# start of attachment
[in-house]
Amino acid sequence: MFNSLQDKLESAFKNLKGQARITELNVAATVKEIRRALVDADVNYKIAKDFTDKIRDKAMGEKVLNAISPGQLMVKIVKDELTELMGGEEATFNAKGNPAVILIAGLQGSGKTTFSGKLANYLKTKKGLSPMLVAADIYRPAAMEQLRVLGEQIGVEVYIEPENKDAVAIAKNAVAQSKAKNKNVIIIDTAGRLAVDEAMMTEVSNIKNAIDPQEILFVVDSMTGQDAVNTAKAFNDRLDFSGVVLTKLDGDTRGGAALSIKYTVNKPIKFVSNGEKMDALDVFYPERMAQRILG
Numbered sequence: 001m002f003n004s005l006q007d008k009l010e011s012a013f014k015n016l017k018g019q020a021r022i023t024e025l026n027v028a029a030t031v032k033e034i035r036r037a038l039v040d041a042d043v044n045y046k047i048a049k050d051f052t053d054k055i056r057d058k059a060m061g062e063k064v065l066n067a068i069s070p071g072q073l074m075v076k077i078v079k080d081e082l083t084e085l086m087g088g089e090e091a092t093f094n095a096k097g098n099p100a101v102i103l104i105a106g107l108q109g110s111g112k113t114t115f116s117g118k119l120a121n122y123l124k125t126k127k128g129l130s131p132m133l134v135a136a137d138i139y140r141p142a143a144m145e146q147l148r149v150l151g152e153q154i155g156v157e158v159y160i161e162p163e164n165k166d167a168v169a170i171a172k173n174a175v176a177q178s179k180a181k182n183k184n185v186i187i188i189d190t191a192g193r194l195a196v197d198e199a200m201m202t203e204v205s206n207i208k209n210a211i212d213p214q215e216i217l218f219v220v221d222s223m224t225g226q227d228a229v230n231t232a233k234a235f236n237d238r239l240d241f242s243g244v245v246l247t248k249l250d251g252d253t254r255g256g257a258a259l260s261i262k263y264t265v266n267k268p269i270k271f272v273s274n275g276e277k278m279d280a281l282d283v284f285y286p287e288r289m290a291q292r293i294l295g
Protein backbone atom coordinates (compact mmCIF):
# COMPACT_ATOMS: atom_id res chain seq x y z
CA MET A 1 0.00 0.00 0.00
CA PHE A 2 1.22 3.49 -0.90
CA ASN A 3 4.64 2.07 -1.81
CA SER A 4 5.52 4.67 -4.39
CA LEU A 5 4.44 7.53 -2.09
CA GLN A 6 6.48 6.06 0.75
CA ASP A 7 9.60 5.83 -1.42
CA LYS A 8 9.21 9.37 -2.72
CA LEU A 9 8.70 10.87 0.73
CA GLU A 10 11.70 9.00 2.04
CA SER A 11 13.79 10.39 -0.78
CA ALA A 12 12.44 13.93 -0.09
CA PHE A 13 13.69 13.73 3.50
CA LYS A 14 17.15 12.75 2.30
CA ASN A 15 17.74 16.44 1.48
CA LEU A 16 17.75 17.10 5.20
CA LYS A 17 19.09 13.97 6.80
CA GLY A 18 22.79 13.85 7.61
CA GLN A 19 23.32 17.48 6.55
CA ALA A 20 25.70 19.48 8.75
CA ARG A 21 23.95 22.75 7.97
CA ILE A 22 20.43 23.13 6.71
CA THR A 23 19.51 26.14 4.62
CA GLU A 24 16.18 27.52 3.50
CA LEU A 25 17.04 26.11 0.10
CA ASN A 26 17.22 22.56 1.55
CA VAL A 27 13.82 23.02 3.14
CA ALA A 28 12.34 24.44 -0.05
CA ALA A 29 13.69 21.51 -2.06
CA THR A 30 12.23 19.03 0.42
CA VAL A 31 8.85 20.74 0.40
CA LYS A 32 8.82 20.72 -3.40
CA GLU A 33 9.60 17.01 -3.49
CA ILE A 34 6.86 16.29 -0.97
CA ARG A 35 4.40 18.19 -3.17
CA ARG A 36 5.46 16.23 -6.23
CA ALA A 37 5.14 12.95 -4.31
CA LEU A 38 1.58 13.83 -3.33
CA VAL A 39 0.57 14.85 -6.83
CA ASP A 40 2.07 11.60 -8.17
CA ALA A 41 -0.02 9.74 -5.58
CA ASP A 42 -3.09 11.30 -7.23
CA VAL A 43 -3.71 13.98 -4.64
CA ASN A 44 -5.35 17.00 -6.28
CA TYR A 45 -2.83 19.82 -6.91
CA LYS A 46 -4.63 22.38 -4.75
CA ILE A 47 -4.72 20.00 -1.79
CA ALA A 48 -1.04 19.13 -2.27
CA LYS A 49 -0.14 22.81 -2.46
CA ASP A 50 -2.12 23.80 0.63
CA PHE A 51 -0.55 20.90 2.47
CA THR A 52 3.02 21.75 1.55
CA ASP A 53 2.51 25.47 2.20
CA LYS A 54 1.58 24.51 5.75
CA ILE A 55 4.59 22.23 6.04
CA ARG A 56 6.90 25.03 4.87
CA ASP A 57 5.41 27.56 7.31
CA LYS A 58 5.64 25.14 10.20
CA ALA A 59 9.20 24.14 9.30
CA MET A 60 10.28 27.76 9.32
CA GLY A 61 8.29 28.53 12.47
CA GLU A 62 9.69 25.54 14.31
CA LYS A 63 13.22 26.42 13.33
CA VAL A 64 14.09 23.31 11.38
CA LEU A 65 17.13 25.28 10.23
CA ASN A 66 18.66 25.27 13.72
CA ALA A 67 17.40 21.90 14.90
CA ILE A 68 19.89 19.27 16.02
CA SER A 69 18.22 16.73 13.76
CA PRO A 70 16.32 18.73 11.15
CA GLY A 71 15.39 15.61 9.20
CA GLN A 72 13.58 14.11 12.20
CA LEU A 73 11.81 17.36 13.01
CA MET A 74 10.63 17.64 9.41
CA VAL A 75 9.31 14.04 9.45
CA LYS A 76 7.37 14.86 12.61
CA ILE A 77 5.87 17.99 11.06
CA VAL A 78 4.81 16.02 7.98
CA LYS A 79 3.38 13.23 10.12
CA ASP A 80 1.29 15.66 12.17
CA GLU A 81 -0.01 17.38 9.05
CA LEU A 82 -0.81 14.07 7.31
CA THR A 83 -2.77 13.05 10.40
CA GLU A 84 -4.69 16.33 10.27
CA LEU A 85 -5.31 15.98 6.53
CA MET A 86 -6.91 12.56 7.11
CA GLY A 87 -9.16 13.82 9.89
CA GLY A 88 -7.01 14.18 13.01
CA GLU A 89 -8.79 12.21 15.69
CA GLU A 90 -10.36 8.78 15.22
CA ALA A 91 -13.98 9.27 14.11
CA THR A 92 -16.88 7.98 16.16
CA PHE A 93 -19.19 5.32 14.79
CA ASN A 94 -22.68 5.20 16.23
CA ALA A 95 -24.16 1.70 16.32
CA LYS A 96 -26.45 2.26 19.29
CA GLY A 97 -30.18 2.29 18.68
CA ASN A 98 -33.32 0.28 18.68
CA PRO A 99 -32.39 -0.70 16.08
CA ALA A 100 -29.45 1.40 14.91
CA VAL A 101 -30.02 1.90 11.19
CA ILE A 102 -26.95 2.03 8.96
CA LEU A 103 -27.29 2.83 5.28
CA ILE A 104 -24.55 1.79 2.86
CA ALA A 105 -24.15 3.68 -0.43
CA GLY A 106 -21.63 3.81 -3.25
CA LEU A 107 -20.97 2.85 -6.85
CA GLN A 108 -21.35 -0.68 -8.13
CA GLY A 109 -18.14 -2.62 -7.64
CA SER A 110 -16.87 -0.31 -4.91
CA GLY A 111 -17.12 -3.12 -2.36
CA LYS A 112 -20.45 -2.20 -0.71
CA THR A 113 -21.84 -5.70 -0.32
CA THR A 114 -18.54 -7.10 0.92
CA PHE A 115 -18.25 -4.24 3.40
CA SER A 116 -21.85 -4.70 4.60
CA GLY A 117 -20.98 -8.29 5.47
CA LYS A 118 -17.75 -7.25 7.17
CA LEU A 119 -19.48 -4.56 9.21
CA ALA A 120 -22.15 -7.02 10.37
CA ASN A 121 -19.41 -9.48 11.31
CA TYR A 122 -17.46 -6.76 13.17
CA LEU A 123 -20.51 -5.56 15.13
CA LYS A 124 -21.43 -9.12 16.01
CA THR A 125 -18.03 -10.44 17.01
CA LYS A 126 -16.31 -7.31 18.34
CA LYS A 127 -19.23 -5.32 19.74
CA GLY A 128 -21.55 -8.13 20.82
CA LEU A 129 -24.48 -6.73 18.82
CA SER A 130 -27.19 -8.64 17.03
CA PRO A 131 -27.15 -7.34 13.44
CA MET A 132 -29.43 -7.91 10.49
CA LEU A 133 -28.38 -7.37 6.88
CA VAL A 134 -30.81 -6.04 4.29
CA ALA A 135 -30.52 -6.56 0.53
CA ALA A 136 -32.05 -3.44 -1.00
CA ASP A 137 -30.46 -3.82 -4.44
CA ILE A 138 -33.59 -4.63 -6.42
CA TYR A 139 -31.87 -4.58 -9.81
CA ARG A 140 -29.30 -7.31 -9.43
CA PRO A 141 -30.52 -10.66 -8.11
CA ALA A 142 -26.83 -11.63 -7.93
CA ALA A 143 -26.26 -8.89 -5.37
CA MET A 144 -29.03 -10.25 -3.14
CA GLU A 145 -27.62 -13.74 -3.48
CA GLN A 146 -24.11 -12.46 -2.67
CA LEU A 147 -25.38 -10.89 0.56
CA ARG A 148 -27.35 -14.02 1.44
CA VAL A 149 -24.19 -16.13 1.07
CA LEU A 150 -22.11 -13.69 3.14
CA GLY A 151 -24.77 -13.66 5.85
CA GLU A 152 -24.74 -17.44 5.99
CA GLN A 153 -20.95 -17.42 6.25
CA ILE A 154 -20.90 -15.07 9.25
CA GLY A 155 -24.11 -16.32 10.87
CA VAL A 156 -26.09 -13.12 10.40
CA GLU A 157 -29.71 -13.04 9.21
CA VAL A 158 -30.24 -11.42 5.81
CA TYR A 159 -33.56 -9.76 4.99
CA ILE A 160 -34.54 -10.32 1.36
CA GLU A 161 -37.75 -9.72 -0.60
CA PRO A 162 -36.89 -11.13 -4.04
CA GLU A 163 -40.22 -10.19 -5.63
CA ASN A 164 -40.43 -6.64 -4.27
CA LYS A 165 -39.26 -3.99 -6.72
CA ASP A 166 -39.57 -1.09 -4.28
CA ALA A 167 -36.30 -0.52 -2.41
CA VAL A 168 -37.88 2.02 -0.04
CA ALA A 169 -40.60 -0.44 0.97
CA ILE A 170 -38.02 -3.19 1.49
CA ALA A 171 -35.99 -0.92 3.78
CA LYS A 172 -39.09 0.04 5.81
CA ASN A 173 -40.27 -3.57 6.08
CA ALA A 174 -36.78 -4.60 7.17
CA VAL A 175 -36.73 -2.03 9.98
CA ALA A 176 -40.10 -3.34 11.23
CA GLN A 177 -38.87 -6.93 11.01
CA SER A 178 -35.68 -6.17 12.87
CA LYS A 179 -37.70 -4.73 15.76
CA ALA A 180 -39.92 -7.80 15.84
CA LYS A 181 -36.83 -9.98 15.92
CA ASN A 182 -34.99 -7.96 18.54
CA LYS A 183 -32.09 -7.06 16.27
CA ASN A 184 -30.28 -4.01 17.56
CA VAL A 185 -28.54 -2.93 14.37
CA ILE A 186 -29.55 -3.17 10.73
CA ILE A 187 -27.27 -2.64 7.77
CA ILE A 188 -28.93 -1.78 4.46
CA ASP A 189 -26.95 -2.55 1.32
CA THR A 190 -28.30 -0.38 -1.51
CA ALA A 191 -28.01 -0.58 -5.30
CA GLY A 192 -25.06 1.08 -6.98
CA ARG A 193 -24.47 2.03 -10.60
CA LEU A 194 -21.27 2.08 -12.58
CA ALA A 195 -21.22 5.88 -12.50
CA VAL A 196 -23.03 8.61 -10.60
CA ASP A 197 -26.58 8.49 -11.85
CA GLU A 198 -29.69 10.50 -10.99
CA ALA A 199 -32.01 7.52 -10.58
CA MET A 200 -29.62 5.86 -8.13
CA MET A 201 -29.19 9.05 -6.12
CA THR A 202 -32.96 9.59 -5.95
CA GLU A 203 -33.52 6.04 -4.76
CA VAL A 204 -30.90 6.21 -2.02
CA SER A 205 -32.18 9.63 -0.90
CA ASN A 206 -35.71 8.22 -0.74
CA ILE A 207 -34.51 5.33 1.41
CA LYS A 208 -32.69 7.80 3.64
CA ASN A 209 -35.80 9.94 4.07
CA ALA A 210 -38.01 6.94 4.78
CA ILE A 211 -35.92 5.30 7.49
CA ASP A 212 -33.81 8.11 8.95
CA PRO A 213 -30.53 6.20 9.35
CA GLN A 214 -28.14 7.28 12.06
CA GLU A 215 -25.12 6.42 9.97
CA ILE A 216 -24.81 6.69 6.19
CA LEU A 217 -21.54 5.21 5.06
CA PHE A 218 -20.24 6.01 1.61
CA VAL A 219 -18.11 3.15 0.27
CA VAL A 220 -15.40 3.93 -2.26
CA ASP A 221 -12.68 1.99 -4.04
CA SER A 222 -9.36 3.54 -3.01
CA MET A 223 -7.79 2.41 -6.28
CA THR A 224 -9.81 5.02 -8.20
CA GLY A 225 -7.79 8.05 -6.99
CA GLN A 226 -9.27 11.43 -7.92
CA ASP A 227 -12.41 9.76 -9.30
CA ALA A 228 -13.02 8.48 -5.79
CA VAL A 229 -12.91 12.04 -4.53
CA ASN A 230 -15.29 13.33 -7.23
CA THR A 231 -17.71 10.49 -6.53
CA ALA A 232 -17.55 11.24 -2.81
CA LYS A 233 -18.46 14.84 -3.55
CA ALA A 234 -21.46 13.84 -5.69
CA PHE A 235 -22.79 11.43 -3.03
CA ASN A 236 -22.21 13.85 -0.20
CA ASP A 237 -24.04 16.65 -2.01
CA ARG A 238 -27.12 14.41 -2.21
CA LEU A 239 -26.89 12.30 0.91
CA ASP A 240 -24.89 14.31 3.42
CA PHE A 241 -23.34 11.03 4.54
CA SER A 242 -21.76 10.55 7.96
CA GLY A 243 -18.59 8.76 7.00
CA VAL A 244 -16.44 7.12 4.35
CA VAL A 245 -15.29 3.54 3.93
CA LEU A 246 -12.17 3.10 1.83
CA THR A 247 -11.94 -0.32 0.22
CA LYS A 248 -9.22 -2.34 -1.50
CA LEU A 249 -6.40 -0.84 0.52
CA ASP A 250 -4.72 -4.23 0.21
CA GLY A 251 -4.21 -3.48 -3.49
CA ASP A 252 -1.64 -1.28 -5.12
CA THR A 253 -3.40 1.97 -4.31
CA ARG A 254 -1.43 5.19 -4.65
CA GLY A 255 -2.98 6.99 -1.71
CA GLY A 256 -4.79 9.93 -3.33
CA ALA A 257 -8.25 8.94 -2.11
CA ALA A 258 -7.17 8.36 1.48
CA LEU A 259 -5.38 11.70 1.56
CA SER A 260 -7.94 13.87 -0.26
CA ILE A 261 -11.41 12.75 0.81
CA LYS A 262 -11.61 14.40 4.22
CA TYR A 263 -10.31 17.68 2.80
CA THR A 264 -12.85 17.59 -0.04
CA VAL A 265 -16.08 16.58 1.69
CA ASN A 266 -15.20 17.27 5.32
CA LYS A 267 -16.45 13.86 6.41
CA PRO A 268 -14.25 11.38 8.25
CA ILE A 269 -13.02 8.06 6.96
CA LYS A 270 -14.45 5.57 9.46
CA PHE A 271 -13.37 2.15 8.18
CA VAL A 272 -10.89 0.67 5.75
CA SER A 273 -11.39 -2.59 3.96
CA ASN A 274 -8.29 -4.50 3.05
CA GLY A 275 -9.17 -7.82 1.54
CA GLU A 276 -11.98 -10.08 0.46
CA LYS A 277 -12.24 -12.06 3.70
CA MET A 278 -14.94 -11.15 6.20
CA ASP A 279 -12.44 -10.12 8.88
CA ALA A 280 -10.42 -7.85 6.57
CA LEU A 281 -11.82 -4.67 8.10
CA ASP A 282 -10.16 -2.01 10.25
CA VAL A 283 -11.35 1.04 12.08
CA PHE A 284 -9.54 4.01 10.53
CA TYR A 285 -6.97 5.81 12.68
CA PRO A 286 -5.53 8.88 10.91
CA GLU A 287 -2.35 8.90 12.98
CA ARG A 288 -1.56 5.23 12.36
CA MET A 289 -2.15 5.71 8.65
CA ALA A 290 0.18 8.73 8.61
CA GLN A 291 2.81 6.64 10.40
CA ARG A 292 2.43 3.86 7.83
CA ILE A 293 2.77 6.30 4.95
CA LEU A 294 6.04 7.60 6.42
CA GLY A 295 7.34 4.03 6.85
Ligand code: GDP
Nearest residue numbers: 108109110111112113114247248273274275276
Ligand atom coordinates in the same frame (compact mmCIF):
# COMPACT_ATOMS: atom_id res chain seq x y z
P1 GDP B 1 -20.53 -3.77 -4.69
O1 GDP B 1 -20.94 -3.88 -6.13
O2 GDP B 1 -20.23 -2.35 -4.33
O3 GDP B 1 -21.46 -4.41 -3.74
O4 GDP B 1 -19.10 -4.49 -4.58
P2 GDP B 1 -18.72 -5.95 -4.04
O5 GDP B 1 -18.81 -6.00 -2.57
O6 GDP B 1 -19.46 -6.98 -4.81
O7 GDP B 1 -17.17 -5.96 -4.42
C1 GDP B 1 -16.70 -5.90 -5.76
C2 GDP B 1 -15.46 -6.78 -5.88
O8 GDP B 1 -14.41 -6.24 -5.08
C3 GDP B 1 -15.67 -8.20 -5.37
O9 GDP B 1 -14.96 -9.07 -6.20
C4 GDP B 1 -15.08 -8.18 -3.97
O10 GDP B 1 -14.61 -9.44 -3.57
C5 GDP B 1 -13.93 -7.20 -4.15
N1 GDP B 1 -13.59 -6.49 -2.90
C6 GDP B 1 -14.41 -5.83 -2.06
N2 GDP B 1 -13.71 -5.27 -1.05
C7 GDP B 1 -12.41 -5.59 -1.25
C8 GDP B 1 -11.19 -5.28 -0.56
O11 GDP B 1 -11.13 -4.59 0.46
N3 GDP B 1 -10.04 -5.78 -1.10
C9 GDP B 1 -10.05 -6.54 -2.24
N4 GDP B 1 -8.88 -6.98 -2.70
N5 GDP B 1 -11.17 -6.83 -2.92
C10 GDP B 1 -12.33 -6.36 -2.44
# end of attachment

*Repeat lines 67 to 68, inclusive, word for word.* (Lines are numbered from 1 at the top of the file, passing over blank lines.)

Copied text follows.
CA GLU A 62 9.69 25.54 14.31
CA LYS A 63 13.22 26.42 13.33